Reviewed and updated on July 27, 2020 by Justine Alderman, DVM
It’s important to pay attention to what’s going into your pet and what’s coming out—or not coming out.
Dogs can have sensitive digestive systems, and gastrointestinal (GI) problems can be a sign of a health issue. While many people may worry about diarrhea, you should also notice when your dog isn’t pooping on their normal schedule.
If you do notice that your dog is having trouble pooping or has not pooped for a prolonged period of time, they could be constipated. Follow this guide to learn the signs of constipation in dogs and ways you can help your constipated dog.
Knowing these signs is important because if your dog is showing severe symptoms of constipation, you need to call your vet for an appointment.
Severely constipated dogs can become systemically ill, and they risk having permanent damage to their GI tract.
Here are a few signs to look for in constipated dogs:
Signs of Mild Constipation
If a dog is mildly constipated, the typical signs include:
Straining to defecate
Taking longer than normal to defecate
Seeming a little uncomfortable while defecating
Producing small amounts of feces that are harder than normal
If your dog is showing only mild signs of constipation, there are a few remedies that you can try at home to help ease their constipation.
Signs of Severe Constipation
If your dog is showing any of the below signs, then they are suffering from severe constipation and you need to call your vet immediately:
Showing signs of discomfort
Hasn’t pooped for more than three days
Seems weak or lethargic
Has an obviously distended belly
Has blood in his stool
If your dog is showing these signs, there are no at-home remedies that can help. They need to be seen and treated by a veterinarian.
If your dog’s symptoms indicate that they are only mildly constipated, and they seem to feel fine otherwise, it is reasonable to try home treatment.
However, if your dog does not begin to defecate normally within a day of initiating home treatment, or their constipation becomes a recurring problem, call your veterinarian.
Here are five things you can do to help your mildly constipated dog:
Take a look at your constipated dog’s bottom—sometimes the problem will be obvious.
Long-haired dogs are at risk for developing mats of fur, oftentimes incorporating feces, which can completely cover the anus and make defecation impossible.
You can try removing these mats with electric clippers (not scissors!), but if you are unsuccessful or uncomfortable doing so, do not hesitate to call your veterinarian or a groomer.
If you see any other abnormalities (foreign material protruding from the anus, a tumor, etc.), make an appointment with your veterinarian immediately.
Dehydration can cause constipation in dogs because the body responds by reabsorbing as much water as possible from the feces, making it hard and difficult to pass.
Always ensure that your dog has constant, easy access to fresh water.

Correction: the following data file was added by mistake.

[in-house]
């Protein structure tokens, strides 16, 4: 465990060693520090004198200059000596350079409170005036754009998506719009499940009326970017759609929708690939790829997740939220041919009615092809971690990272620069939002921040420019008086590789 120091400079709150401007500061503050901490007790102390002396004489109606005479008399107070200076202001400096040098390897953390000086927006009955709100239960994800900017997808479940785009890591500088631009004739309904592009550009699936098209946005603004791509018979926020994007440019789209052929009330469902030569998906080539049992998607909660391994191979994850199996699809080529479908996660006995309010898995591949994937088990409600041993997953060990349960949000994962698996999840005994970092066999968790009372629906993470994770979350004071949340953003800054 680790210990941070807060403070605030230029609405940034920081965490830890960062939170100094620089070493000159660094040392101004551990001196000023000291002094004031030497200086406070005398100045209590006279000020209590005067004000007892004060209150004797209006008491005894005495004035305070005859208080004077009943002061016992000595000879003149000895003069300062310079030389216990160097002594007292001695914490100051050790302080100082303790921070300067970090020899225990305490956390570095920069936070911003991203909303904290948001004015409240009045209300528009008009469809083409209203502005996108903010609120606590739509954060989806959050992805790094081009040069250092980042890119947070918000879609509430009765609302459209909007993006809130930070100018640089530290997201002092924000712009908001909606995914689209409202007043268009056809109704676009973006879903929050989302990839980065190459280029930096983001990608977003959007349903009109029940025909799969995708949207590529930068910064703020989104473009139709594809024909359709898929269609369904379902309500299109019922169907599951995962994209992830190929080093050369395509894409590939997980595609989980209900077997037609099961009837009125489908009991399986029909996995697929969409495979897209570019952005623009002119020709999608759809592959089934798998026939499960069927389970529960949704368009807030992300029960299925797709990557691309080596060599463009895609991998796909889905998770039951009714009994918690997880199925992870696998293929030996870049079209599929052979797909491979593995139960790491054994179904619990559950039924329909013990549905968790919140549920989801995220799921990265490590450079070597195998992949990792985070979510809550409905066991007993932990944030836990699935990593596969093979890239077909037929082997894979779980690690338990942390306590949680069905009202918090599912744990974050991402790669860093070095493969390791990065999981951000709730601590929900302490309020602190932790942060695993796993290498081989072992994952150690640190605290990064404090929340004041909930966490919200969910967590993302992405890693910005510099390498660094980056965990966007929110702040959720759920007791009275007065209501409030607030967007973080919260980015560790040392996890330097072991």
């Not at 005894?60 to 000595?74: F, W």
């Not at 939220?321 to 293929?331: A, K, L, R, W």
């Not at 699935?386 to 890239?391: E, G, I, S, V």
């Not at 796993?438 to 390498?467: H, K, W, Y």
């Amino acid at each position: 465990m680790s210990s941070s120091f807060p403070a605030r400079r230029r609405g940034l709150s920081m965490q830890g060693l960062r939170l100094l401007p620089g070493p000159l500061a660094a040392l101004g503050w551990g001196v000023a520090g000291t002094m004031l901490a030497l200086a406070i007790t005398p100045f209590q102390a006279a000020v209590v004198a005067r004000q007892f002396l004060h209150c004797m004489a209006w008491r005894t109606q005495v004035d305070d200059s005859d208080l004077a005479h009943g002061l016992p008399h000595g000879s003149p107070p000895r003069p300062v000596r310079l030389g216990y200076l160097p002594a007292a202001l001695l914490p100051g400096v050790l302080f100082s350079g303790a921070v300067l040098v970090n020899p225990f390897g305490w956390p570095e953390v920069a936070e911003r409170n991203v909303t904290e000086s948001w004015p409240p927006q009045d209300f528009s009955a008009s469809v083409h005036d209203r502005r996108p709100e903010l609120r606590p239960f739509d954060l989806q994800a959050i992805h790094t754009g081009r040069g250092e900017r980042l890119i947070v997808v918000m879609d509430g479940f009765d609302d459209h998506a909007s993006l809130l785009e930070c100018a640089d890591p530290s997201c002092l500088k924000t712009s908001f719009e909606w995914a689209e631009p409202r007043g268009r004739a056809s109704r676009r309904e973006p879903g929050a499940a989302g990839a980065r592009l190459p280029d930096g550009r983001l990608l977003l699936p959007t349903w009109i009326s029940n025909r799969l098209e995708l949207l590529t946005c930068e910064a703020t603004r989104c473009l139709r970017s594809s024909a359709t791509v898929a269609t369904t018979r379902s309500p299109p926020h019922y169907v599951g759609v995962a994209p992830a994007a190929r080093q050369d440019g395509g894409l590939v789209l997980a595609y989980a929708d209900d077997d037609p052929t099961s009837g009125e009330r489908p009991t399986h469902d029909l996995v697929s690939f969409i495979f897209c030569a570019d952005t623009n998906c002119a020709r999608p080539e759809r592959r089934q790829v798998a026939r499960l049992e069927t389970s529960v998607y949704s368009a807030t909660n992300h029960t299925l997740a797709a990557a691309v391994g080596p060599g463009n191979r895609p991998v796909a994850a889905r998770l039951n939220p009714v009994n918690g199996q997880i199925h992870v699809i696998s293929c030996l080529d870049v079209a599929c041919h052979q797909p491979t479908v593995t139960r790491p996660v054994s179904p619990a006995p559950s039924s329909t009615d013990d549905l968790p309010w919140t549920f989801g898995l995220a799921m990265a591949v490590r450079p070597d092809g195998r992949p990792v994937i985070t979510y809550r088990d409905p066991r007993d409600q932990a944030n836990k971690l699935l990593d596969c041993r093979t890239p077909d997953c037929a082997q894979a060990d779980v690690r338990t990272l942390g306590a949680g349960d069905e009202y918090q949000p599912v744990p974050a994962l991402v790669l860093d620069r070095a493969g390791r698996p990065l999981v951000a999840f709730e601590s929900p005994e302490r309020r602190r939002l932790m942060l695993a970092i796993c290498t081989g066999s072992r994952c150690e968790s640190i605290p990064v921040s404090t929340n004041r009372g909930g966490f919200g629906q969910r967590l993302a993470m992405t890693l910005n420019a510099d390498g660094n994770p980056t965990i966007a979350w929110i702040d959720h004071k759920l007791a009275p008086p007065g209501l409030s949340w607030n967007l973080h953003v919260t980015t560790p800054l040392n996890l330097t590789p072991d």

This is especially important for dogs that have trouble getting around—due to arthritis or other mobility issues—as they may not feel like making the effort to visit the water bowl.
Feeding canned food, and even temporarily mixing in a small amount of extra water, is another simple way to ensure that your dog is getting enough to drink throughout the day.
Exercise promotes normal movement within the GI tract. So if your dog is a little blocked up, consider taking them for an extra walk in the morning or afternoon—be sure your dog is well-hydrated first.
The exercise combined with the smells of other dogs that have “used” the area previously might just do the trick for your constipated dog.
Adding fiber to your dog’s diet can be tricky, since it can help some cases of constipation but worsen others.
Therefore, it’s best to start with a small amount and monitor how your constipated dog responds. Two safe options are:
Canned Pumpkin: Small dogs can get 1 teaspoon mixed in with each meal. Larger dogs can handle up to a tablespoon or so. Note: Be sure you’re using plain canned pumpkin, not pumpkin pie filling.
Psyllium (e.g., unflavored Metamucil): Try giving one-half teaspoon per 10 pounds of body weight mixed with a meal once daily to start.
If natural laxatives for dogs aren’t working, ask your veterinarian about other options.
Do NOT give your constipated dog a laxative without first speaking to your veterinarian. Many are not safe for dogs, particularly if used under the wrong circumstances.
But if your veterinarian is comfortable doing so, they may recommend that you try giving your mildly constipated dog a gentle laxative at home before making an appointment. Petroleum-based lubricant gels like Laxatone are a good first option.
If your dog won’t eat the gel on his own (most are flavored to make them taste good), do not force feed him. Also, never give your dog liquid mineral oil to help with constipation. This product can cause severe pneumonia if inhaled.
Never give your dog an enema at home unless your veterinarian has recommended a specific product and has shown you how to safely perform the procedure.